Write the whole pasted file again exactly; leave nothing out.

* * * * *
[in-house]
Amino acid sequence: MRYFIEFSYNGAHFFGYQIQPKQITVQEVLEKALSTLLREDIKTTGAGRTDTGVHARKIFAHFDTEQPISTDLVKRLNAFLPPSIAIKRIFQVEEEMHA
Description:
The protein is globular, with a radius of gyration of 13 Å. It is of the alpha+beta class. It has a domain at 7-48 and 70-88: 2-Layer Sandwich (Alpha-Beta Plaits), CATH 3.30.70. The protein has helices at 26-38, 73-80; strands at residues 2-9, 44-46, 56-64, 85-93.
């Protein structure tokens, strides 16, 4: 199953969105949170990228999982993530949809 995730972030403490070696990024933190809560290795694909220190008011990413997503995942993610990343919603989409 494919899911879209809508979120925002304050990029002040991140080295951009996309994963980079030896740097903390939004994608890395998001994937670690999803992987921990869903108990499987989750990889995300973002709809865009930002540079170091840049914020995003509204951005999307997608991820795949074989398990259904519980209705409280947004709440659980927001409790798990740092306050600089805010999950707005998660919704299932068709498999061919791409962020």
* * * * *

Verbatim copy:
[in-house]
Amino acid sequence: MRYFIEFSYNGAHFFGYQIQPKQITVQEVLEKALSTLLREDIKTTGAGRTDTGVHARKIFAHFDTEQPISTDLVKRLNAFLPPSIAIKRIFQVEEEMHA
Description:
The protein is globular, with a radius of gyration of 13 Å. It is of the alpha+beta class. It has a domain at 7-48 and 70-88: 2-Layer Sandwich (Alpha-Beta Plaits), CATH 3.30.70. The protein has helices at 26-38, 73-80; strands at residues 2-9, 44-46, 56-64, 85-93.
């Protein structure tokens, strides 16, 4: 199953969105949170990228999982993530949809 995730972030403490070696990024933190809560290795694909220190008011990413997503995942993610990343919603989409 494919899911879209809508979120925002304050990029002040991140080295951009996309994963980079030896740097903390939004994608890395998001994937670690999803992987921990869903108990499987989750990889995300973002709809865009930002540079170091840049914020995003509204951005999307997608991820795949074989398990259904519980209705409280947004709440659980927001409790798990740092306050600089805010999950707005998660919704299932068709498999061919791409962020």